X-37B OTV 3 search elements

From: Ted Molczan (ssl3molcz@rogers.com)
Date: Mon Dec 10 2012 - 22:41:49 UTC

  • Next message: Brad Young: "BY O 121112"

    X-37B OTV 3 is scheduled for launch from Cape Canaveral on an Atlas V-501, on 2012 Dec 11, between 18:03 UTC and 21:56
    1. Search Elements and Visibility
    The following search elements assume launch at 18:03 UTC, into the same initial orbit as OTV 2:
    OTV 3                                                    318 X 344 km
    1 79211U          12346.77222222  .00007731  00000-0  38679-4 0    00
    2 79211  42.8650 137.9330 0019599 297.4114 274.0984 15.80392350    04
    The actual orbit may well differ somewhat in inclination and altitude. I chose OTV 2's initial orbit over OTV 1's,
    because it seems to better correlate with the Centaur's de-orbit hazard area, but it is unlikely to exactly match
    I have not made an exhaustive evaluation of visibility windows; however, it appears that launch at window open on Dec
    11, would provide some of our northern hemisphere colleagues with morning visibility, and some in the southern
    hemisphere with evening visibility.
    The OTV's standard visual magnitude is 4.2 (1000 km range, 90 deg phase angle).
    2. Centaur De-Orbit
    As with the first two X-37B launches, the Centaur will be de-orbited soon after it deploys its payload. OTV 1's Centaur
    was sent into solar orbit. OTV 2's Centaur was de-orbited into the Indian Ocean, as will OTV 3's. The hazard zone is
    centred near 29 S, 95 E. It more or less encompasses that of OTV 2, but greatly expands it southward. The orientation of
    both zones seems somewhat askew the probable ground track, but OTV 3's seems more reasonable, assuming I have guessed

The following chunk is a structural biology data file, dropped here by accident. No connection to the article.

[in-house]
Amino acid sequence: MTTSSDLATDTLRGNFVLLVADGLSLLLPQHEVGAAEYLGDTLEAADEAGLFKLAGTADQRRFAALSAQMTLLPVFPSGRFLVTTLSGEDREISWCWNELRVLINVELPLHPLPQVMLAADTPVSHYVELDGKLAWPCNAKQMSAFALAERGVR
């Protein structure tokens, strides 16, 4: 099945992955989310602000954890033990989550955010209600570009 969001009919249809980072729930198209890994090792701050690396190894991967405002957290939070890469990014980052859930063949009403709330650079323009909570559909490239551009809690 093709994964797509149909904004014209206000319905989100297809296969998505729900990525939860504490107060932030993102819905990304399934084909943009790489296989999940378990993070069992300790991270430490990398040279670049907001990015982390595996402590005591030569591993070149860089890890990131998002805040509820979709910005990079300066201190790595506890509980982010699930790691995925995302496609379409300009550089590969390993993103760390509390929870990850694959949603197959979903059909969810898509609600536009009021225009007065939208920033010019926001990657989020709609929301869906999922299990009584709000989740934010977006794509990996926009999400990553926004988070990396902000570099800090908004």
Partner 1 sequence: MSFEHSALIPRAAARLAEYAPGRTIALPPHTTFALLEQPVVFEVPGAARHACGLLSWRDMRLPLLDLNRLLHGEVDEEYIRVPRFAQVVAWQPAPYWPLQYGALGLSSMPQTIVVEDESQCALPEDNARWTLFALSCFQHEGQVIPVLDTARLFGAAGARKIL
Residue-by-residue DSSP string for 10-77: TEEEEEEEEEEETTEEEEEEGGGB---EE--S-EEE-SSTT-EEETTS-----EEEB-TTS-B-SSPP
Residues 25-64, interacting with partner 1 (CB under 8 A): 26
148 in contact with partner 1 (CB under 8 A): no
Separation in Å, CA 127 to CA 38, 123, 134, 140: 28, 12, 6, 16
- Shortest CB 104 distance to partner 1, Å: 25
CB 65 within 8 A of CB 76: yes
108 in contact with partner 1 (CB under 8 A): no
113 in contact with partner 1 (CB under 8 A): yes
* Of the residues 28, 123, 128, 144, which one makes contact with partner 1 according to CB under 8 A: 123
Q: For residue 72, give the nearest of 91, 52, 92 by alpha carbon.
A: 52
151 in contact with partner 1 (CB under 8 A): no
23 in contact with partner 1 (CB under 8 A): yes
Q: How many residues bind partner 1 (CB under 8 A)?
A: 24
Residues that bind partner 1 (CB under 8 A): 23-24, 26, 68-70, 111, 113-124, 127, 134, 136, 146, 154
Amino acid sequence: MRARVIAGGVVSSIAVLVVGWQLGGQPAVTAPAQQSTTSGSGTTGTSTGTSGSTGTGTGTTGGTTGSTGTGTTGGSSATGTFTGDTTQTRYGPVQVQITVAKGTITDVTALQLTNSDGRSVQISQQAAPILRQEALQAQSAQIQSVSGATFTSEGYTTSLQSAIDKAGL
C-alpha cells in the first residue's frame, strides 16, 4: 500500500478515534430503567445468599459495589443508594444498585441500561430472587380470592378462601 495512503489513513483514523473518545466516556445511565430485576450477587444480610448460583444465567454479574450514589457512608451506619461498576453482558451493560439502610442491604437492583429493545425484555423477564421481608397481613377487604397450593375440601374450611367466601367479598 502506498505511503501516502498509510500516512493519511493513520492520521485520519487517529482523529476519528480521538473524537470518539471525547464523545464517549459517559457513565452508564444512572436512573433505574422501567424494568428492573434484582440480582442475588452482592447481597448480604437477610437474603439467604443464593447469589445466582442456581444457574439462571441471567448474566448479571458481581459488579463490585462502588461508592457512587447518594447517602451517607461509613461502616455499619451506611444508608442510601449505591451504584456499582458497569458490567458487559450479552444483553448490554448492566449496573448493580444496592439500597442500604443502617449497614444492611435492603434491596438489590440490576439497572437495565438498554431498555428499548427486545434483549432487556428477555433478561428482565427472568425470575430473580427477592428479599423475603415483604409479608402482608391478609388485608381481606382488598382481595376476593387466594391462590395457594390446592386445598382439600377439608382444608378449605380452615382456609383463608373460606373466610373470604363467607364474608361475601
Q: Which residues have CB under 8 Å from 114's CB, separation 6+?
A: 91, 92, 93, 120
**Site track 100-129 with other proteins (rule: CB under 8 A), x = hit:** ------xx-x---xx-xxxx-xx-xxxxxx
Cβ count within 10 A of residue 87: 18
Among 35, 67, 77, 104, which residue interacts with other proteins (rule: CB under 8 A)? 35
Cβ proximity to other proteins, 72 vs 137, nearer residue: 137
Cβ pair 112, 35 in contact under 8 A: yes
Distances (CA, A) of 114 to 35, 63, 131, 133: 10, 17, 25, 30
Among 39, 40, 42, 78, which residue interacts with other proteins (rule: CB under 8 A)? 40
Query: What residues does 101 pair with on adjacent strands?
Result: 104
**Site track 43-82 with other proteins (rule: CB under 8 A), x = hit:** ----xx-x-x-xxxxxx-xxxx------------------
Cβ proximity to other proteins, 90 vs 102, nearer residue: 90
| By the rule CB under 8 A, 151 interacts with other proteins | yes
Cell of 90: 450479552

the orbit correctly. 
    OTV 3 Centaur's hazard time periods appear to begin significantly late relative launch window open. I won't go into
    detail on this, but I suspect the information may be erroneous, at least in part. Another possibility is that the
    intended time of launch is later in the window that is believed. Time may tell.
    The time and magnitude of the de-orbit manoeuvre has not been made public. OTV 1's occurred at the southern apex of the
    orbit (T+45:09 for 2m28s). Total delta-V was about 3569 m/s. The delta-V to de-orbit into the Indian Ocean is far less.
    The exact magnitude depends on the location of the burn. At the southern apex, delta-V of about 628 m/s would cause the
    orbit to intersect the Earth near the centre of the hazard zone, about 56 min after launch. Here is the corresponding
    TLE (epoch at time of ignition):
    Centaur de-orbit                                       -1491 X 321 km
    1 79212U          12346.78252315  .00000000  00000-0  00000-0 0    03
    2 79212  42.8650 137.8699 1564000  90.0000 180.0000 19.70000000    02
    3. Confusing Launch Windows
    If the launch slips to Dec 12, then the window will open more than an hour earlier. The reason is not obvious. It
    reminds me of the confusing situation with OTV 2's windows, such that on at least some days the true windows proved to
    be of just 10 min duration, at intervals of about 97 min. Bob Christy and I discussed it a briefly on the list:
    We discussed it quite a bit more off-list, which resulted in my writing the following, which I shared with a few
    correspondents. It may not prove relevant to OTV 3, but this seems like a good time to get it on the record: